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Crime News

Twitter Users Eviscerate Trump Over Gun Violence Listening Session 'Cheat Sheet'

"I implore you — consider your own children. You don't want to be me. No parent does," said the mother of a child killed in a school shooting.

By Eric Shorey
Tragedy Strikes in Florida High School Shooting

The national conversation on gun control has been revitalized in the wake of last week's school shooting in Florida, which left 17 dead. President Donald Trump held a listening session on Wednesday with the students and families of victims from Marjory Stoneman Douglas High School. A photographer shot an image of Trump holding what appeared to be a bulleted list of handwritten notes to help guide him through the meeting. The fifth item on the note simply read: "I hear you," prompting both outrage and criticism on social media.

During the 90-minute meeting, Trump was reluctant to offer any promises on the issue of gun control. The President asked attendees what solutions they had for the problem of gun violence in schools and the responses varied, with some suggesting increased security measures, increased action on mental health, and raising the age limit to purchase certain firearms, according to NPR. NPR notes that the last idea was later denounced in an NRA statement.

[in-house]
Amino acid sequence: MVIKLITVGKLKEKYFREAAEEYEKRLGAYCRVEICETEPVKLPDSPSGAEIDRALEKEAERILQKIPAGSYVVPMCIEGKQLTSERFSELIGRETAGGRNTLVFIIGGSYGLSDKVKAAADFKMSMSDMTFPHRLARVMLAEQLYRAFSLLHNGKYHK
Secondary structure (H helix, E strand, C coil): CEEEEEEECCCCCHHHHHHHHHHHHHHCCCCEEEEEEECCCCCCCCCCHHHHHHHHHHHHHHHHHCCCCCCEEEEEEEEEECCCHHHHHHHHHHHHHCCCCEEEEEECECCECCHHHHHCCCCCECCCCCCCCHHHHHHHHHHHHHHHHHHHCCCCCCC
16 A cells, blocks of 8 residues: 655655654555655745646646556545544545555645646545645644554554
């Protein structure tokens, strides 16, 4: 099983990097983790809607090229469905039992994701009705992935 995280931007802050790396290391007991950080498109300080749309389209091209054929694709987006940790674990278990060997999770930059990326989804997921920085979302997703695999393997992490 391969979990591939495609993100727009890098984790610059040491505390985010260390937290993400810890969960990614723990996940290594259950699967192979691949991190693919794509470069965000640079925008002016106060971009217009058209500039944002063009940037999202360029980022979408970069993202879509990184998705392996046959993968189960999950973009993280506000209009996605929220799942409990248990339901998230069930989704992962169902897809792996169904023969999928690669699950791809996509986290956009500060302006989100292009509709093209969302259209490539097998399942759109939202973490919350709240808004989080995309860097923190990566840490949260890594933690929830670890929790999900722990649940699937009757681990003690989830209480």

Ultimately, Trump landed on the idea of arming teachers and removing "gun-free zone" restrictions near schools. 

"If you had a teacher who was adept at firearms, they could very well end the attack very quickly," Trump said. Trump has notably opposed this position in the past.

"Nobody wants to see a shootout in a school," replied Mark Barden, whose 7-year-old son was killed in the Sandy Hook shooting in 2012. "School teachers have more than enough responsibility than to have the awesome responsibility of lethal force to take a life." 

Nicole Hockley, a mother whose 6-year-old son was also killed at Sandy Hook, asked President Trump to consider his own children.

"You don't want to be me," she said. "No parent does. And you have the ability to make a difference and save lives today." 

The President told the group he had heard "some" of their suggestions.

We’re going to do something about this horrible situation that’s going on,” Trump concluded. “I want to listen. And then after I listen, we’re going to get things done.” 

The emotions at the meeting were raw, but it was a Trump's "cheat sheet" that angered many across the country. Here's what some are saying:

[Photo: Getty Images]